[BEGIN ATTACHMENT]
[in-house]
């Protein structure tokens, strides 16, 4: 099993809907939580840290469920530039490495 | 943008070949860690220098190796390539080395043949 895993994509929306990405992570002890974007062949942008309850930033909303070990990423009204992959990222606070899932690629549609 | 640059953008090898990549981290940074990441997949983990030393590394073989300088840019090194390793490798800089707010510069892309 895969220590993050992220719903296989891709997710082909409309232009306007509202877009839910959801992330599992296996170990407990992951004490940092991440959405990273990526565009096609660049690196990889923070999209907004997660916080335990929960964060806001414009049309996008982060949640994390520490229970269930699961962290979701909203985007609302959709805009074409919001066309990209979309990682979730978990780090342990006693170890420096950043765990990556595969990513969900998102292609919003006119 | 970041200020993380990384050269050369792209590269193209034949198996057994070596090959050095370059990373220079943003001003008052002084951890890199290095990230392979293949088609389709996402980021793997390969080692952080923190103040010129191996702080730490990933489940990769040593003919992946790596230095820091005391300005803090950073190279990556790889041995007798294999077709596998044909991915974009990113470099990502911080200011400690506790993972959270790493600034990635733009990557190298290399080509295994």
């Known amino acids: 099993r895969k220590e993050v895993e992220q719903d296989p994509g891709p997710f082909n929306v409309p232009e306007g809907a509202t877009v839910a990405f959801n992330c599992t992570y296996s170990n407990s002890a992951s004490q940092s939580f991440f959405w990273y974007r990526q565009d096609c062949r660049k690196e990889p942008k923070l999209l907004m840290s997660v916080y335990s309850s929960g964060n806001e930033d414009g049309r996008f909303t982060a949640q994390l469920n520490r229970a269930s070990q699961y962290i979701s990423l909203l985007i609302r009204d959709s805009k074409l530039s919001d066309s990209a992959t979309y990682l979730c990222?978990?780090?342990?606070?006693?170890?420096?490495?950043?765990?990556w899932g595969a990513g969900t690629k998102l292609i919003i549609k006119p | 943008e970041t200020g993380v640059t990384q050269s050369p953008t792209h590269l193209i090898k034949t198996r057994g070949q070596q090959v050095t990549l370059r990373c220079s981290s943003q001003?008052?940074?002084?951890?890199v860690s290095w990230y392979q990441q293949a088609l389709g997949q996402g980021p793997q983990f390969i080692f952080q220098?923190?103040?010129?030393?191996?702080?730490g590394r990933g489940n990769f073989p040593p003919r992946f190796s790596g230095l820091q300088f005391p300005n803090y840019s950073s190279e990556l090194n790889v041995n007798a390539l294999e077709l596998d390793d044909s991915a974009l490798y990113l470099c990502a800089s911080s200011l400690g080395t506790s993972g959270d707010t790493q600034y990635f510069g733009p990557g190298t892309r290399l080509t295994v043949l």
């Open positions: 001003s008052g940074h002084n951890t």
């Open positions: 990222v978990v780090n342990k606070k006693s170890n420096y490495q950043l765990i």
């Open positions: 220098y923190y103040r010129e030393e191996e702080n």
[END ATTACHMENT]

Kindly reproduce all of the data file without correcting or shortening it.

[in-house]
């Protein structure tokens, strides 16, 4: 099993809907939580840290469920530039490495 | 943008070949860690220098190796390539080395043949 895993994509929306990405992570002890974007062949942008309850930033909303070990990423009204992959990222606070899932690629549609 | 640059953008090898990549981290940074990441997949983990030393590394073989300088840019090194390793490798800089707010510069892309 895969220590993050992220719903296989891709997710082909409309232009306007509202877009839910959801992330599992296996170990407990992951004490940092991440959405990273990526565009096609660049690196990889923070999209907004997660916080335990929960964060806001414009049309996008982060949640994390520490229970269930699961962290979701909203985007609302959709805009074409919001066309990209979309990682979730978990780090342990006693170890420096950043765990990556595969990513969900998102292609919003006119 | 970041200020993380990384050269050369792209590269193209034949198996057994070596090959050095370059990373220079943003001003008052002084951890890199290095990230392979293949088609389709996402980021793997390969080692952080923190103040010129191996702080730490990933489940990769040593003919992946790596230095820091005391300005803090950073190279990556790889041995007798294999077709596998044909991915974009990113470099990502911080200011400690506790993972959270790493600034990635733009990557190298290399080509295994």
């Known amino acids: 099993r895969k220590e993050v895993e992220q719903d296989p994509g891709p997710f082909n929306v409309p232009e306007g809907a509202t877009v839910a990405f959801n992330c599992t992570y296996s170990n407990s002890a992951s004490q940092s939580f991440f959405w990273y974007r990526q565009d096609c062949r660049k690196e990889p942008k923070l999209l907004m840290s997660v916080y335990s309850s929960g964060n806001e930033d414009g049309r996008f909303t982060a949640q994390l469920n520490r229970a269930s070990q699961y962290i979701s990423l909203l985007i609302r009204d959709s805009k074409l530039s919001d066309s990209a992959t979309y990682l979730c990222?978990?780090?342990?606070?006693?170890?420096?490495?950043?765990?990556w899932g595969a990513g969900t690629k998102l292609i919003i549609k006119p | 943008e970041t200020g993380v640059t990384q050269s050369p953008t792209h590269l193209i090898k034949t198996r057994g070949q070596q090959v050095t990549l370059r990373c220079s981290s943003q001003?008052?940074?002084?951890?890199v860690s290095w990230y392979q990441q293949a088609l389709g997949q996402g980021p793997q983990f390969i080692f952080q220098?923190?103040?010129?030393?191996?702080?730490g590394r990933g489940n990769f073989p040593p003919r992946f190796s790596g230095l820091q300088f005391p300005n803090y840019s950073s190279e990556l090194n790889v041995n007798a390539l294999e077709l596998d390793d044909s991915a974009l490798y990113l470099c990502a800089s911080s200011l400690g080395t506790s993972g959270d707010t790493q600034y990635f510069g733009p990557g190298t892309r290399l080509t295994v043949l």
């Open positions: 001003s008052g940074h002084n951890t």
């Open positions: 990222v978990v780090n342990k606070k006693s170890n420096y490495q950043l765990i």
């Open positions: 220098y923190y103040r010129e030393e191996e702080n």